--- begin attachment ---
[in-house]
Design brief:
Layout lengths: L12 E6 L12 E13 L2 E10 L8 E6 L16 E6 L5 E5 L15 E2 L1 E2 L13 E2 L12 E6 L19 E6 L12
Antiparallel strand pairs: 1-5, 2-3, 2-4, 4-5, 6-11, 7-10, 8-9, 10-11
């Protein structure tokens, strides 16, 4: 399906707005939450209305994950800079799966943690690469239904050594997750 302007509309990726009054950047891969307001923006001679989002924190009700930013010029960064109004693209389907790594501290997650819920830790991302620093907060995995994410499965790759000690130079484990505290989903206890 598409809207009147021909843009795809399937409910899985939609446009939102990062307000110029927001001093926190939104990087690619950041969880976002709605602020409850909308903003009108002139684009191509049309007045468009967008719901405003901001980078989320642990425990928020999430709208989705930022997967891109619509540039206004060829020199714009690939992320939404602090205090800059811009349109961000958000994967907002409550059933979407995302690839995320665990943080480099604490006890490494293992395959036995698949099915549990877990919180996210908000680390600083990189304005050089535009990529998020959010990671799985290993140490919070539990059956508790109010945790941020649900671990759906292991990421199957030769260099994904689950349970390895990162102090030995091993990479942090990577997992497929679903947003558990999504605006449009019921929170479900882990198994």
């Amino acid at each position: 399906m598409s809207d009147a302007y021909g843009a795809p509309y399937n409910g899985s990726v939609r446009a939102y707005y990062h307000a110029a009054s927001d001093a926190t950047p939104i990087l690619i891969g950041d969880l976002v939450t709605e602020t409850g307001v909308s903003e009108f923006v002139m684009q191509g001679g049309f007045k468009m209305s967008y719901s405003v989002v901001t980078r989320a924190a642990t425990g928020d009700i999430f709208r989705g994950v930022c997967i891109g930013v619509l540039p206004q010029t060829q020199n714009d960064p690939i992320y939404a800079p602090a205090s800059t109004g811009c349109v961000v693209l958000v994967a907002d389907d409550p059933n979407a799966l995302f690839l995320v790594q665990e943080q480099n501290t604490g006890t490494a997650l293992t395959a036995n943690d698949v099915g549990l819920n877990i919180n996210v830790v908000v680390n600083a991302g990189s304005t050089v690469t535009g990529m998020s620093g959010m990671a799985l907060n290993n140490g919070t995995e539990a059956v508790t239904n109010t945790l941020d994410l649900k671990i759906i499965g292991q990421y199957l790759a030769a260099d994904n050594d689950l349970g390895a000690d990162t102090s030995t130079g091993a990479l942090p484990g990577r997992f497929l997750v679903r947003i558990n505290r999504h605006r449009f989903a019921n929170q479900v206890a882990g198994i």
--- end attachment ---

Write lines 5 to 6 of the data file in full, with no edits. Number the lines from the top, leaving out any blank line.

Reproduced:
């Protein structure tokens, strides 16, 4: 399906707005939450209305994950800079799966943690690469239904050594997750 302007509309990726009054950047891969307001923006001679989002924190009700930013010029960064109004693209389907790594501290997650819920830790991302620093907060995995994410499965790759000690130079484990505290989903206890 598409809207009147021909843009795809399937409910899985939609446009939102990062307000110029927001001093926190939104990087690619950041969880976002709605602020409850909308903003009108002139684009191509049309007045468009967008719901405003901001980078989320642990425990928020999430709208989705930022997967891109619509540039206004060829020199714009690939992320939404602090205090800059811009349109961000958000994967907002409550059933979407995302690839995320665990943080480099604490006890490494293992395959036995698949099915549990877990919180996210908000680390600083990189304005050089535009990529998020959010990671799985290993140490919070539990059956508790109010945790941020649900671990759906292991990421199957030769260099994904689950349970390895990162102090030995091993990479942090990577997992497929679903947003558990999504605006449009019921929170479900882990198994």
């Amino acid at each position: 399906m598409s809207d009147a302007y021909g843009a795809p509309y399937n409910g899985s990726v939609r446009a939102y707005y990062h307000a110029a009054s927001d001093a926190t950047p939104i990087l690619i891969g950041d969880l976002v939450t709605e602020t409850g307001v909308s903003e009108f923006v002139m684009q191509g001679g049309f007045k468009m209305s967008y719901s405003v989002v901001t980078r989320a924190a642990t425990g928020d009700i999430f709208r989705g994950v930022c997967i891109g930013v619509l540039p206004q010029t060829q020199n714009d960064p690939i992320y939404a800079p602090a205090s800059t109004g811009c349109v961000v693209l958000v994967a907002d389907d409550p059933n979407a799966l995302f690839l995320v790594q665990e943080q480099n501290t604490g006890t490494a997650l293992t395959a036995n943690d698949v099915g549990l819920n877990i919180n996210v830790v908000v680390n600083a991302g990189s304005t050089v690469t535009g990529m998020s620093g959010m990671a799985l907060n290993n140490g919070t995995e539990a059956v508790t239904n109010t945790l941020d994410l649900k671990i759906i499965g292991q990421y199957l790759a030769a260099d994904n050594d689950l349970g390895a000690d990162t102090s030995t130079g091993a990479l942090p484990g990577r997992f497929l997750v679903r947003i558990n505290r999504h605006r449009f989903a019921n929170q479900v206890a882990g198994i």